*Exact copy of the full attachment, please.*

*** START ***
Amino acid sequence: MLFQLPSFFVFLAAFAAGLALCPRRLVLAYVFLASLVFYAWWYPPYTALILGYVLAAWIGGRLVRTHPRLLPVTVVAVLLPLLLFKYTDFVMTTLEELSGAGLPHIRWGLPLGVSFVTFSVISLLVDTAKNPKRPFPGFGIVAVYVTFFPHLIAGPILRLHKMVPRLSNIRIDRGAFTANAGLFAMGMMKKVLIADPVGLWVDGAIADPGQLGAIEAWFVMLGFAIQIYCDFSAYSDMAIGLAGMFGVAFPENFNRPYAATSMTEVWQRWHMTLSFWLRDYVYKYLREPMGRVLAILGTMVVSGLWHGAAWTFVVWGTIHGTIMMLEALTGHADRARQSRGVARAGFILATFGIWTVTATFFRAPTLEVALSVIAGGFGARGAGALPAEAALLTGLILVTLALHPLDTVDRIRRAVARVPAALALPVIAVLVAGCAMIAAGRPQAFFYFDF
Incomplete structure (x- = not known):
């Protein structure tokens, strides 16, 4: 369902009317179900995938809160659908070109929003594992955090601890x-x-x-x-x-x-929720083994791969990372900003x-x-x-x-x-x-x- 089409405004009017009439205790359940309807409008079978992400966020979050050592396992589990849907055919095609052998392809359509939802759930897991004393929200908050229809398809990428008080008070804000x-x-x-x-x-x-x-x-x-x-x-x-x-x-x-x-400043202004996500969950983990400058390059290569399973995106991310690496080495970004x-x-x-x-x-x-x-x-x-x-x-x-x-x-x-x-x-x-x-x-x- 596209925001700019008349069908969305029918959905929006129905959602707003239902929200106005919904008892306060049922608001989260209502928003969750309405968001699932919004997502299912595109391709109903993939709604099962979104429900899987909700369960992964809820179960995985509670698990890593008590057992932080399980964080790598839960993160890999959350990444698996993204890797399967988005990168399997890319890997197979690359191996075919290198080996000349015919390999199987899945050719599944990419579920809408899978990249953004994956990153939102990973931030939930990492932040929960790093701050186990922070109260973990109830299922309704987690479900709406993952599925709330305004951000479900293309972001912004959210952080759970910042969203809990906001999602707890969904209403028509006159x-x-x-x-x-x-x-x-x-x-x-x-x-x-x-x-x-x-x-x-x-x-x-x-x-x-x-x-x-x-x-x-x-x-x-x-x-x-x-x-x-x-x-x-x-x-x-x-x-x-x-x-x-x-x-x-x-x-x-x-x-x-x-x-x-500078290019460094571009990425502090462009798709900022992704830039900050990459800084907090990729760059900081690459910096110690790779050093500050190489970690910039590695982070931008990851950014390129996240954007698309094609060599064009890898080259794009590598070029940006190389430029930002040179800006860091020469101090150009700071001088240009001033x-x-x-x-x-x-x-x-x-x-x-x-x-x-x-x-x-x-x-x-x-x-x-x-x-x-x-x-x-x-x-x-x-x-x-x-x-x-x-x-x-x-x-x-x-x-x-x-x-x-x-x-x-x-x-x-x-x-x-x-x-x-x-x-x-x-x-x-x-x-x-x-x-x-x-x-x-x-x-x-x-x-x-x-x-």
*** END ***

Amino acid sequence: MLFQLPSFFVFLAAFAAGLALCPRRLVLAYVFLASLVFYAWWYPPYTALILGYVLAAWIGGRLVRTHPRLLPVTVVAVLLPLLLFKYTDFVMTTLEELSGAGLPHIRWGLPLGVSFVTFSVISLLVDTAKNPKRPFPGFGIVAVYVTFFPHLIAGPILRLHKMVPRLSNIRIDRGAFTANAGLFAMGMMKKVLIADPVGLWVDGAIADPGQLGAIEAWFVMLGFAIQIYCDFSAYSDMAIGLAGMFGVAFPENFNRPYAATSMTEVWQRWHMTLSFWLRDYVYKYLREPMGRVLAILGTMVVSGLWHGAAWTFVVWGTIHGTIMMLEALTGHADRARQSRGVARAGFILATFGIWTVTATFFRAPTLEVALSVIAGGFGARGAGALPAEAALLTGLILVTLALHPLDTVDRIRRAVARVPAALALPVIAVLVAGCAMIAAGRPQAFFYFDF
Incomplete structure (x- = not known):
């Protein structure tokens, strides 16, 4: 369902009317179900995938809160659908070109929003594992955090601890x-x-x-x-x-x-929720083994791969990372900003x-x-x-x-x-x-x- 089409405004009017009439205790359940309807409008079978992400966020979050050592396992589990849907055919095609052998392809359509939802759930897991004393929200908050229809398809990428008080008070804000x-x-x-x-x-x-x-x-x-x-x-x-x-x-x-x-400043202004996500969950983990400058390059290569399973995106991310690496080495970004x-x-x-x-x-x-x-x-x-x-x-x-x-x-x-x-x-x-x-x-x- 596209925001700019008349069908969305029918959905929006129905959602707003239902929200106005919904008892306060049922608001989260209502928003969750309405968001699932919004997502299912595109391709109903993939709604099962979104429900899987909700369960992964809820179960995985509670698990890593008590057992932080399980964080790598839960993160890999959350990444698996993204890797399967988005990168399997890319890997197979690359191996075919290198080996000349015919390999199987899945050719599944990419579920809408899978990249953004994956990153939102990973931030939930990492932040929960790093701050186990922070109260973990109830299922309704987690479900709406993952599925709330305004951000479900293309972001912004959210952080759970910042969203809990906001999602707890969904209403028509006159x-x-x-x-x-x-x-x-x-x-x-x-x-x-x-x-x-x-x-x-x-x-x-x-x-x-x-x-x-x-x-x-x-x-x-x-x-x-x-x-x-x-x-x-x-x-x-x-x-x-x-x-x-x-x-x-x-x-x-x-x-x-x-x-x-500078290019460094571009990425502090462009798709900022992704830039900050990459800084907090990729760059900081690459910096110690790779050093500050190489970690910039590695982070931008990851950014390129996240954007698309094609060599064009890898080259794009590598070029940006190389430029930002040179800006860091020469101090150009700071001088240009001033x-x-x-x-x-x-x-x-x-x-x-x-x-x-x-x-x-x-x-x-x-x-x-x-x-x-x-x-x-x-x-x-x-x-x-x-x-x-x-x-x-x-x-x-x-x-x-x-x-x-x-x-x-x-x-x-x-x-x-x-x-x-x-x-x-x-x-x-x-x-x-x-x-x-x-x-x-x-x-x-x-x-x-x-x-």